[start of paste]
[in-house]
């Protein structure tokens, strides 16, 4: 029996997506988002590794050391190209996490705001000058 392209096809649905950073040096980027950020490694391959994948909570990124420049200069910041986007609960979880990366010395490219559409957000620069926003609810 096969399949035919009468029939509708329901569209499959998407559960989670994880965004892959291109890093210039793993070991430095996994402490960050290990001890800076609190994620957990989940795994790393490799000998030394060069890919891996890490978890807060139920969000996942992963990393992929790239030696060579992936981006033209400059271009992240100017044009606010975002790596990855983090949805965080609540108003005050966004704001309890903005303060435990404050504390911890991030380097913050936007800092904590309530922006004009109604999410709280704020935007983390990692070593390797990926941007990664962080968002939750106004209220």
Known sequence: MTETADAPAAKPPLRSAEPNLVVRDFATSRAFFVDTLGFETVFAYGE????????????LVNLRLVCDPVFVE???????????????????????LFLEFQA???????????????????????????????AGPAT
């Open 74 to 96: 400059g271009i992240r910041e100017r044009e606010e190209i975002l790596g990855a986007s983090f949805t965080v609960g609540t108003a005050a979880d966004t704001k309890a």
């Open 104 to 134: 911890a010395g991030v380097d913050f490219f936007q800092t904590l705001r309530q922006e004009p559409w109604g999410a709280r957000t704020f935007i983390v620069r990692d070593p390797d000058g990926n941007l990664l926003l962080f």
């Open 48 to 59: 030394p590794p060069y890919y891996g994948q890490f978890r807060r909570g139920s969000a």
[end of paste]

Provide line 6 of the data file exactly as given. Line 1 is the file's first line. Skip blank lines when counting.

């Open 48 to 59: 030394p590794p060069y890919y891996g994948q890490f978890r807060r909570g139920s969000a």